The same criticism comes from across the political spectrum at the American Enterprise Institute. If the government did not step in and cover the losses of failed Southwest financial institutions, "you would produce major panic," said AEI economist John Macon. "You would have a repeat of 1933," when runs on banks shut down the financial system, he said. "The big lesson of the '30s is that you have to prevent runs on banks."

Even New England economists dispute the suggestion that the Southwest states are "winners" in the thrift bailout. "If you have an insurance program and Boston has an earthquake that's covered by insurance, you don't think of the rest of the country subsidizing Boston," said Richard Kopcke of the Federal Reserve Bank of Boston.

And Texans are downright nasty about Hill's claim that the cleanup has been good for them.

"If it was so good, we'd be happy to let Maine and Massachusetts have it," said Sen. Phil Gramm (R-Tex.) during a heated exchange with Sen. Alphonse D'Amato (R-N.Y.) on the Senate floor over an unrelated regional spending issue.

The "benefits" to Texans of the S&L scandal include seeing the value of their houses plunge by 25 percent to 40 percent over the last decade, several people pointed out. Being protected from such a devastating personal financial loss is one thing residents of the Washington area and other states got for their money.

Hill also draws considerable criticism over the allocation of cleanup benefits to specific states. A substantial amount of the deposits in failed southwestern financial institutions came from people in other parts of the country who were lured to the Sun Belt by high interest rates.

When a New Yorker is protected from losses in a Texas thrift, is it New York or Texas that benefits? When a California thrift goes broke because of losses in Arizona real estate -- as happened with Charles Keating's notorious Lincoln Savings and Loan -- should the cost be blamed on California or Arizona?

Hill conceded that there are difficulties in tracing out-of-state deposits and investment. He pointed out that several S&Ls in northern states have failed because of bad investments in the Sun Belt and that the costs in Florida in particular are hard to get a handle on because many out-of-state thrifts lost money on deals there.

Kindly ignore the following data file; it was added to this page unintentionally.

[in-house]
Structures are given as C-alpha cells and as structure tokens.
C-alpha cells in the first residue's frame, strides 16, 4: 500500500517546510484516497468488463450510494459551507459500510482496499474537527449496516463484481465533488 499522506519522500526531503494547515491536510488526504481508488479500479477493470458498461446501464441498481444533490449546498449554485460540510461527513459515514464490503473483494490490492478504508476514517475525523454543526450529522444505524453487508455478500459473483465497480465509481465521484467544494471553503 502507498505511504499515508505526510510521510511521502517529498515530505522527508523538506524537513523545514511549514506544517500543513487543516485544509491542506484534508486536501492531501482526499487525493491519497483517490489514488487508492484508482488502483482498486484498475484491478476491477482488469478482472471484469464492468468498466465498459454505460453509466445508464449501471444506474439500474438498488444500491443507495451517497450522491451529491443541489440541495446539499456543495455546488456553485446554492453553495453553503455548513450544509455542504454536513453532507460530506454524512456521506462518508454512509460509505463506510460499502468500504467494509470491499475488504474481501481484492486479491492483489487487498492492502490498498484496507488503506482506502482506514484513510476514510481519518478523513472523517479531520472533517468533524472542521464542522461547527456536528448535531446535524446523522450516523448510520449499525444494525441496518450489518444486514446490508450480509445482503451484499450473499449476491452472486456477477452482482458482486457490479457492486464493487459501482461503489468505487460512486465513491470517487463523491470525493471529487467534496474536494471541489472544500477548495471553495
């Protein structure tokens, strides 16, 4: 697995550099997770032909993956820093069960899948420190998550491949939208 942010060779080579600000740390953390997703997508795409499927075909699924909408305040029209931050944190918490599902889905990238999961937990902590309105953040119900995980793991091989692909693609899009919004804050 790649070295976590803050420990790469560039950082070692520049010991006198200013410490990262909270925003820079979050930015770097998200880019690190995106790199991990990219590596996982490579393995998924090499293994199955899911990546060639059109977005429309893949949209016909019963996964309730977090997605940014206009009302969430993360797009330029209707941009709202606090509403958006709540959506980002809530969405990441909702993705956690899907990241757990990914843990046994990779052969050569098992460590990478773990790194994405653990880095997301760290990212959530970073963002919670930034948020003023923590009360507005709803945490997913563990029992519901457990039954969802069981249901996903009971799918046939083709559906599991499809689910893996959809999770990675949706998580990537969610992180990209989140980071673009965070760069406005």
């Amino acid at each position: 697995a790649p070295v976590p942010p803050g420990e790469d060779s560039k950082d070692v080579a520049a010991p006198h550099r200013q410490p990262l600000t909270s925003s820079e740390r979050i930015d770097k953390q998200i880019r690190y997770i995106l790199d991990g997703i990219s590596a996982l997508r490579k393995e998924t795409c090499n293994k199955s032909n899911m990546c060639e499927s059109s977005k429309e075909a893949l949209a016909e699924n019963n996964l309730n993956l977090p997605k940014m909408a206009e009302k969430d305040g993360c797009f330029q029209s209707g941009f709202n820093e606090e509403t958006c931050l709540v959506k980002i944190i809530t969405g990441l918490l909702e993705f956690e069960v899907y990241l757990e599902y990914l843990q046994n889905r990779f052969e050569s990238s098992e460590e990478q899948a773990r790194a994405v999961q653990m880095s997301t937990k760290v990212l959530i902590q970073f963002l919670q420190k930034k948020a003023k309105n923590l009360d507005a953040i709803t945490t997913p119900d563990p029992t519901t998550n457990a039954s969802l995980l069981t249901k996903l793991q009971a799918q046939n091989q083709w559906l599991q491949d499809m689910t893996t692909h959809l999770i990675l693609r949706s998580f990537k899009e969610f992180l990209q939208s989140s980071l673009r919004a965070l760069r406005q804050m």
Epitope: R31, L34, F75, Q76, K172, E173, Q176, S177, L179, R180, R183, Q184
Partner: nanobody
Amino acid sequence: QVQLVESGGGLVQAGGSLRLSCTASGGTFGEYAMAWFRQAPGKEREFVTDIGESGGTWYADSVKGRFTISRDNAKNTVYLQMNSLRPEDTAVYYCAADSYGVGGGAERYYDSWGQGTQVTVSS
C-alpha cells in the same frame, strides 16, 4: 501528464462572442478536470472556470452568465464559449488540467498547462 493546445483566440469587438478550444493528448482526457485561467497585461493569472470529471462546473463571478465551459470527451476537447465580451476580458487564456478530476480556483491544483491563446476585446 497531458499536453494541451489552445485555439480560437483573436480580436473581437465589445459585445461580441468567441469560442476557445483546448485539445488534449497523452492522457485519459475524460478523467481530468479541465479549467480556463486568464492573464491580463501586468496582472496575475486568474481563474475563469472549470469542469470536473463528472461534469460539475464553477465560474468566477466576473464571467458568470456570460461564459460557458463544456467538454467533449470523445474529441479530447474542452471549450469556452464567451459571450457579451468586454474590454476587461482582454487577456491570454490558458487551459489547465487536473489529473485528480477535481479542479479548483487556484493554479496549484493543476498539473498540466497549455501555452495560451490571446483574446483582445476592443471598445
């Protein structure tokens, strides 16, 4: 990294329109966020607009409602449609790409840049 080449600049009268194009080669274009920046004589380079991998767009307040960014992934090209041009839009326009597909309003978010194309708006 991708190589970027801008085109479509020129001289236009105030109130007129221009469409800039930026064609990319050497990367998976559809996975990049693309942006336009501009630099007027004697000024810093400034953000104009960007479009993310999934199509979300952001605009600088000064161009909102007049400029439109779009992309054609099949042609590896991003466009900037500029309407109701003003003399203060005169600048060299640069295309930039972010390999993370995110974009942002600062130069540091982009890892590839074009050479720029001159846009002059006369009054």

As for the idea that the whole country benefits from protecting the financial system, Hill said: "I agree completely. The value of the bailout to the U.S. is that it preserves the payments mechanism. ... If people lost their savings, we'd be back in the '30s again."

But it is the magnitude and the direction of the flows of funds that is important, he said, defending his thesis that 37 states are going to suffer economically because of a financial disaster that was not their fault.

The money from Ohio, the District, Maryland, Virginia and other northern states that goes to Texas is money that cannot be invested in the local economies.

The congressional enthusiasm for calculating the cost of the S&L cleanup to individual states makes clear that pure economics may not matter as much as pure politics.

As a political issue, the thrift scandal seems to be far more potent in the states that are paying the bill than in the ones that are getting the money.

Texans tend to see themselves as victims of the disaster and not to blame either the bankers or the state or federal officials whose failure to regulate the industry was the most important single cause of the scandal.

Outside the Sun Belt, people are not so familiar with the situation nor so sympathetic. "Expressing the cost in per capita terms was a way of making it a real issue," Hill said.